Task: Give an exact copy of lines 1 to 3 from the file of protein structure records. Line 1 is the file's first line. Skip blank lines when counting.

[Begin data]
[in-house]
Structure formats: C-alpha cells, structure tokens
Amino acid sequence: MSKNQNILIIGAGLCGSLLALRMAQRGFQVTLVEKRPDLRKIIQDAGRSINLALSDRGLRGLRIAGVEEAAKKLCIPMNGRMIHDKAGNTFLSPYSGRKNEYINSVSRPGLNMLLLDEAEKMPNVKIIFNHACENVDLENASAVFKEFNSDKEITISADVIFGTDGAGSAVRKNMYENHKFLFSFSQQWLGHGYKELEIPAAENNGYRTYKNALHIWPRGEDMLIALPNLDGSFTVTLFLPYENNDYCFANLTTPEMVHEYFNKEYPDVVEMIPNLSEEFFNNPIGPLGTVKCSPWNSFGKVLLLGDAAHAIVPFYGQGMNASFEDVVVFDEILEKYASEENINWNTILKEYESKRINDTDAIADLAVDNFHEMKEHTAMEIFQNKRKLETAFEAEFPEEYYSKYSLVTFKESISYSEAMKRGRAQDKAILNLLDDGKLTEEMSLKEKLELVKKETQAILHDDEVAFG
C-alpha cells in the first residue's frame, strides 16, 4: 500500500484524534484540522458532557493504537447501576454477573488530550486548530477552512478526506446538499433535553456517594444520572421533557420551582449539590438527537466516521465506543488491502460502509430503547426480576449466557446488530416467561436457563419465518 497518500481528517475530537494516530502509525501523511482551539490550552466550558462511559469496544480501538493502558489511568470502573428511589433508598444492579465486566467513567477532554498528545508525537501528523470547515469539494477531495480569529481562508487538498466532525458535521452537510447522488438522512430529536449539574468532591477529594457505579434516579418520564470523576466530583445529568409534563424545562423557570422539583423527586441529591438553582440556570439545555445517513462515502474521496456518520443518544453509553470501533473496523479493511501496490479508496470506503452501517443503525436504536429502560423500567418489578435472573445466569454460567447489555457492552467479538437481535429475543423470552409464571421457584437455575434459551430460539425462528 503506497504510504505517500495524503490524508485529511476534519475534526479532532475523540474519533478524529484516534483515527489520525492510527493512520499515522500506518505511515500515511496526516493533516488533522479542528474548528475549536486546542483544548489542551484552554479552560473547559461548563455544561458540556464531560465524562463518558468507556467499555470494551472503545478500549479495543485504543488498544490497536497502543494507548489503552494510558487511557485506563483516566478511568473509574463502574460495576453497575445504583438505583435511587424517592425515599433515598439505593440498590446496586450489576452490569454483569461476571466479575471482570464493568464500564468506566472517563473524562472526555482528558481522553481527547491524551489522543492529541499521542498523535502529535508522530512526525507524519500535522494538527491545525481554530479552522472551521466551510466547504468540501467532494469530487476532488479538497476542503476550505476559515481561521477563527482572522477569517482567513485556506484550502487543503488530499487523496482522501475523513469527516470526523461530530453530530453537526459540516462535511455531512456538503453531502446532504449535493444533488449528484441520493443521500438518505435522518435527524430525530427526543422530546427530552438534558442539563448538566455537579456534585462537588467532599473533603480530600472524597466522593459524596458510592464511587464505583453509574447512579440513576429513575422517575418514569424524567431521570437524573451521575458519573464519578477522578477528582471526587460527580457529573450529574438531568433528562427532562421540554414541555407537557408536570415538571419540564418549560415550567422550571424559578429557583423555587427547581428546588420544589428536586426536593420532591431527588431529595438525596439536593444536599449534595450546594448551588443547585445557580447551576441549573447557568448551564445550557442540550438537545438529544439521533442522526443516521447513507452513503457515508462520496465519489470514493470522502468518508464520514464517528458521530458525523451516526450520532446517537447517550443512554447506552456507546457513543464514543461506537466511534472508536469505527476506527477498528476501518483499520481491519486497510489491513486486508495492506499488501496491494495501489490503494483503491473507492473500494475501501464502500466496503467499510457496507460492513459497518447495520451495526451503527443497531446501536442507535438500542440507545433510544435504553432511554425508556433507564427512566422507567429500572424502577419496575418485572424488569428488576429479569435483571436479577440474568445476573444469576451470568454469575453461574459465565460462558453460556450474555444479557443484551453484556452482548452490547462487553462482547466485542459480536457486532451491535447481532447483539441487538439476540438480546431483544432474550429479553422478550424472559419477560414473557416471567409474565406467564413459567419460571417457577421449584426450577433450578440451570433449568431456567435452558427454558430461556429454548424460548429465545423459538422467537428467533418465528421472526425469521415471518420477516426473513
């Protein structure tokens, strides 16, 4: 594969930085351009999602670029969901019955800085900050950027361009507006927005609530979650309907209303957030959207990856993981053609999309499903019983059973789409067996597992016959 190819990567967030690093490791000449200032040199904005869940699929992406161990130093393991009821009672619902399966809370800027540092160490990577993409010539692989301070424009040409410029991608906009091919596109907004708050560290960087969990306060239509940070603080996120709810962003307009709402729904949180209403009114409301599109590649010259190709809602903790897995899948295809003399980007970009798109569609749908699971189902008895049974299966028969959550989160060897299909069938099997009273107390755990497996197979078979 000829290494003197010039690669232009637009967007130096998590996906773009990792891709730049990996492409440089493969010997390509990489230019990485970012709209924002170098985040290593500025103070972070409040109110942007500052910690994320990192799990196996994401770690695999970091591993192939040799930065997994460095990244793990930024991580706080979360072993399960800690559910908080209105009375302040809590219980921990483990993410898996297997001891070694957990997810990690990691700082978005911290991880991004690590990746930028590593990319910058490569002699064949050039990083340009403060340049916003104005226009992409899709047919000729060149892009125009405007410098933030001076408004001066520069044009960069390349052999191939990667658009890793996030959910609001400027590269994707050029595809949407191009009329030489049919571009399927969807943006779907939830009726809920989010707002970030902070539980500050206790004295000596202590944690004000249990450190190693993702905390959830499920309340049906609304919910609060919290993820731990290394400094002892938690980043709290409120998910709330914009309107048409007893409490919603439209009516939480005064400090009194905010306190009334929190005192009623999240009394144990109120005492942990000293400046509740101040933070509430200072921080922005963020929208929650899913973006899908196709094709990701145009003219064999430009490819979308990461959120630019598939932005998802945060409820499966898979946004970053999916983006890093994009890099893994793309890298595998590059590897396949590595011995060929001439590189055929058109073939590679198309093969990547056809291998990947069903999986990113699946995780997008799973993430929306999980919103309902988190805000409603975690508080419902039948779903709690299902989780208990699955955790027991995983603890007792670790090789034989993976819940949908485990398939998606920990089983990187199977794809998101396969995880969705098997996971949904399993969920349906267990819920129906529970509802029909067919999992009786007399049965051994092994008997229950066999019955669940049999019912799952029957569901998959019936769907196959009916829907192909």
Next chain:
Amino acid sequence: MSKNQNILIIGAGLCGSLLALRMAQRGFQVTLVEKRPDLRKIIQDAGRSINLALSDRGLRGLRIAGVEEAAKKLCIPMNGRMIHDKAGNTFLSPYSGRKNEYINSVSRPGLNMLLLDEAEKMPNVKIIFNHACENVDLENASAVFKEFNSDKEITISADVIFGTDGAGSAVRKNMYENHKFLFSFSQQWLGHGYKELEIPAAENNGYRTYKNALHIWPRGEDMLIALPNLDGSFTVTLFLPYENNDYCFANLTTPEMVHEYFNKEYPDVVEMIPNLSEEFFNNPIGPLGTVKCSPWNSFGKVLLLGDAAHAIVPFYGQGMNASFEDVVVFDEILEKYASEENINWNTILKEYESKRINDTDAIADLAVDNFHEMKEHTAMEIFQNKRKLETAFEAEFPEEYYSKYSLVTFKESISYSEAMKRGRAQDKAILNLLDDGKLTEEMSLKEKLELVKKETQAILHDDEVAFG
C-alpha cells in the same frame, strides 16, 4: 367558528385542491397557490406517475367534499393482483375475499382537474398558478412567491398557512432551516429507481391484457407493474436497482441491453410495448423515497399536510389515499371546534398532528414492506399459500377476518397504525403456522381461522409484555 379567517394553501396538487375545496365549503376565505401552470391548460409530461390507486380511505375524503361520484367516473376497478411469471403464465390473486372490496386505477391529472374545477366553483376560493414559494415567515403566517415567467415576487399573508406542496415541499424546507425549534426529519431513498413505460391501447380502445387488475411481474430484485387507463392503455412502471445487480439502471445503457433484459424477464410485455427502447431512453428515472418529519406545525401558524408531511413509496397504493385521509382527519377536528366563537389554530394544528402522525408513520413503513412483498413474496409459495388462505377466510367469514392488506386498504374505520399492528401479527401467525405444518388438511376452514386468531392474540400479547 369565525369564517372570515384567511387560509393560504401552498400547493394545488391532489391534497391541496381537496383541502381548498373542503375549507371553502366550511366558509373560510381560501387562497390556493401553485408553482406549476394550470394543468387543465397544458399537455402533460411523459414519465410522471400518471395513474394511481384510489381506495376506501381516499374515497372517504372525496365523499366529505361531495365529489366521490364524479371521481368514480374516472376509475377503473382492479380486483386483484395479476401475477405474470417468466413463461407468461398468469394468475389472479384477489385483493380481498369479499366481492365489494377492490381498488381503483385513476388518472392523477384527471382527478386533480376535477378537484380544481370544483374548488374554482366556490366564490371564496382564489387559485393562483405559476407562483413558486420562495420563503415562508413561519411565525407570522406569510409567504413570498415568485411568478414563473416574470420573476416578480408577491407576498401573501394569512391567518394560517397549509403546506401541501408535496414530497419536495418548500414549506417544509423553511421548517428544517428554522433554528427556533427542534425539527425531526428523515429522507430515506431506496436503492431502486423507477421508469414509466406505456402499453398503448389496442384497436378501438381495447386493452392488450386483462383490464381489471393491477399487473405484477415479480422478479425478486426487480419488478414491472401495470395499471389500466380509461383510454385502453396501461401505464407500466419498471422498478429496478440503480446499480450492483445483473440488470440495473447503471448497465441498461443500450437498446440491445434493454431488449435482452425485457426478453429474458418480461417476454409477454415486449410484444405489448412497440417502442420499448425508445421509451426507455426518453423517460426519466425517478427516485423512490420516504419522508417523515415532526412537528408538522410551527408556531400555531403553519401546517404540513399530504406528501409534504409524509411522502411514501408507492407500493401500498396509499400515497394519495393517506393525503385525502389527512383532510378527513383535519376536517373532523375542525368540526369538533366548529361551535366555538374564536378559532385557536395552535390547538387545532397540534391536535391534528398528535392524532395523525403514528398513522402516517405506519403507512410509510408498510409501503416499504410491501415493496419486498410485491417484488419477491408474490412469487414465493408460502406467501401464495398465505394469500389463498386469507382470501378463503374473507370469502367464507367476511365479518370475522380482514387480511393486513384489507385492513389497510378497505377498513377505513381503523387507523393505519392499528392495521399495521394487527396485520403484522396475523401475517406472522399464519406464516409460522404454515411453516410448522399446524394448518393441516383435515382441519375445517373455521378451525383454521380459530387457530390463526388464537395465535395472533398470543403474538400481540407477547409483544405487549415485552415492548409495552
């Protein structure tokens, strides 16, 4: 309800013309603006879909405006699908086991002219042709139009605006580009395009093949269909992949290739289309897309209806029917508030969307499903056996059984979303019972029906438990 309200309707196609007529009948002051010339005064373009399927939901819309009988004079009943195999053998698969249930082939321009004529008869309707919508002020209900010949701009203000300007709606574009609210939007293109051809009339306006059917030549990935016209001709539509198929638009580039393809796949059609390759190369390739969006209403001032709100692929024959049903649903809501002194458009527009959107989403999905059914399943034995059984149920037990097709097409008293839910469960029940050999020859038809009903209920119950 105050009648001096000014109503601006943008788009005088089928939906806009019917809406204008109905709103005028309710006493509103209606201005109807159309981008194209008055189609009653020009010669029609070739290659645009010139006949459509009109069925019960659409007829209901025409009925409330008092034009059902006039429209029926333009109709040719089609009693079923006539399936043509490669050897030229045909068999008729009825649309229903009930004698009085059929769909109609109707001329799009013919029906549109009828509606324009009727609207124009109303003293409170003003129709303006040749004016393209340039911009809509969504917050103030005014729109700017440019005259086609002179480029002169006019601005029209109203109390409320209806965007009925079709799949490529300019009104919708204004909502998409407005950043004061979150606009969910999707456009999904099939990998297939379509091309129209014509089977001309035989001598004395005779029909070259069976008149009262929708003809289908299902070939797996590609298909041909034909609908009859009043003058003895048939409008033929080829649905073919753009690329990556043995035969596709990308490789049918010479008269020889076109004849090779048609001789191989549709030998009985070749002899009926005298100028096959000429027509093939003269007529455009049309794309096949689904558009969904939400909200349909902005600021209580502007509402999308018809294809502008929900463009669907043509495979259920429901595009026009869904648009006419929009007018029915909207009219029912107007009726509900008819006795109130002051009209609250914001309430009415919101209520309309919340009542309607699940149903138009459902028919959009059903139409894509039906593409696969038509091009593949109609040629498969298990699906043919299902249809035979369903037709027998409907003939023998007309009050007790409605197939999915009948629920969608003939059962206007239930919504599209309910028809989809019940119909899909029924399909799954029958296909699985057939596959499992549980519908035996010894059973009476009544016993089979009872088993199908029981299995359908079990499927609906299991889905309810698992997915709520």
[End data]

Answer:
[in-house]
Structure formats: C-alpha cells, structure tokens
Amino acid sequence: MSKNQNILIIGAGLCGSLLALRMAQRGFQVTLVEKRPDLRKIIQDAGRSINLALSDRGLRGLRIAGVEEAAKKLCIPMNGRMIHDKAGNTFLSPYSGRKNEYINSVSRPGLNMLLLDEAEKMPNVKIIFNHACENVDLENASAVFKEFNSDKEITISADVIFGTDGAGSAVRKNMYENHKFLFSFSQQWLGHGYKELEIPAAENNGYRTYKNALHIWPRGEDMLIALPNLDGSFTVTLFLPYENNDYCFANLTTPEMVHEYFNKEYPDVVEMIPNLSEEFFNNPIGPLGTVKCSPWNSFGKVLLLGDAAHAIVPFYGQGMNASFEDVVVFDEILEKYASEENINWNTILKEYESKRINDTDAIADLAVDNFHEMKEHTAMEIFQNKRKLETAFEAEFPEEYYSKYSLVTFKESISYSEAMKRGRAQDKAILNLLDDGKLTEEMSLKEKLELVKKETQAILHDDEVAFG